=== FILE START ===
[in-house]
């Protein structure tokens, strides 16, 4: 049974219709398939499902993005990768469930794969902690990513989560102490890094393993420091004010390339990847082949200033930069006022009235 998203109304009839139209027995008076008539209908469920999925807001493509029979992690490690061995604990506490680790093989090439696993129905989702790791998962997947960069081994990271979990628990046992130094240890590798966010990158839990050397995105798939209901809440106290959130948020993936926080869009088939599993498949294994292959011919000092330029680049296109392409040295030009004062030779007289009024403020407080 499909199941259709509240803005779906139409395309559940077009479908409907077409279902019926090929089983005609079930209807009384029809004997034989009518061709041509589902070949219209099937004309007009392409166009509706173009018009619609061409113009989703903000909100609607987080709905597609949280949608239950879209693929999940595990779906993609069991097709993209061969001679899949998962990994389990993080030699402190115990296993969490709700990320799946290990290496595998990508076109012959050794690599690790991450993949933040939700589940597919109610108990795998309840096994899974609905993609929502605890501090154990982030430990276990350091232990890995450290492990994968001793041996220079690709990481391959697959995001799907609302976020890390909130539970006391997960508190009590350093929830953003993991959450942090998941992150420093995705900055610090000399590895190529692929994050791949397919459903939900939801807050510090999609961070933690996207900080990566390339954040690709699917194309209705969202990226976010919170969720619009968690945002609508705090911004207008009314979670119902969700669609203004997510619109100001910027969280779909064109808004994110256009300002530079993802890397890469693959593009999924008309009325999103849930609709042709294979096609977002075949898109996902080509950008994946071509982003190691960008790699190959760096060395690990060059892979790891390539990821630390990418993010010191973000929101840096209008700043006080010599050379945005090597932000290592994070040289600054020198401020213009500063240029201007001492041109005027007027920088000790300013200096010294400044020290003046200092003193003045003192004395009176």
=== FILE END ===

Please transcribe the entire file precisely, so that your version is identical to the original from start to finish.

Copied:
[in-house]
């Protein structure tokens, strides 16, 4: 049974219709398939499902993005990768469930794969902690990513989560102490890094393993420091004010390339990847082949200033930069006022009235 998203109304009839139209027995008076008539209908469920999925807001493509029979992690490690061995604990506490680790093989090439696993129905989702790791998962997947960069081994990271979990628990046992130094240890590798966010990158839990050397995105798939209901809440106290959130948020993936926080869009088939599993498949294994292959011919000092330029680049296109392409040295030009004062030779007289009024403020407080 499909199941259709509240803005779906139409395309559940077009479908409907077409279902019926090929089983005609079930209807009384029809004997034989009518061709041509589902070949219209099937004309007009392409166009509706173009018009619609061409113009989703903000909100609607987080709905597609949280949608239950879209693929999940595990779906993609069991097709993209061969001679899949998962990994389990993080030699402190115990296993969490709700990320799946290990290496595998990508076109012959050794690599690790991450993949933040939700589940597919109610108990795998309840096994899974609905993609929502605890501090154990982030430990276990350091232990890995450290492990994968001793041996220079690709990481391959697959995001799907609302976020890390909130539970006391997960508190009590350093929830953003993991959450942090998941992150420093995705900055610090000399590895190529692929994050791949397919459903939900939801807050510090999609961070933690996207900080990566390339954040690709699917194309209705969202990226976010919170969720619009968690945002609508705090911004207008009314979670119902969700669609203004997510619109100001910027969280779909064109808004994110256009300002530079993802890397890469693959593009999924008309009325999103849930609709042709294979096609977002075949898109996902080509950008994946071509982003190691960008790699190959760096060395690990060059892979790891390539990821630390990418993010010191973000929101840096209008700043006080010599050379945005090597932000290592994070040289600054020198401020213009500063240029201007001492041109005027007027920088000790300013200096010294400044020290003046200092003193003045003192004395009176």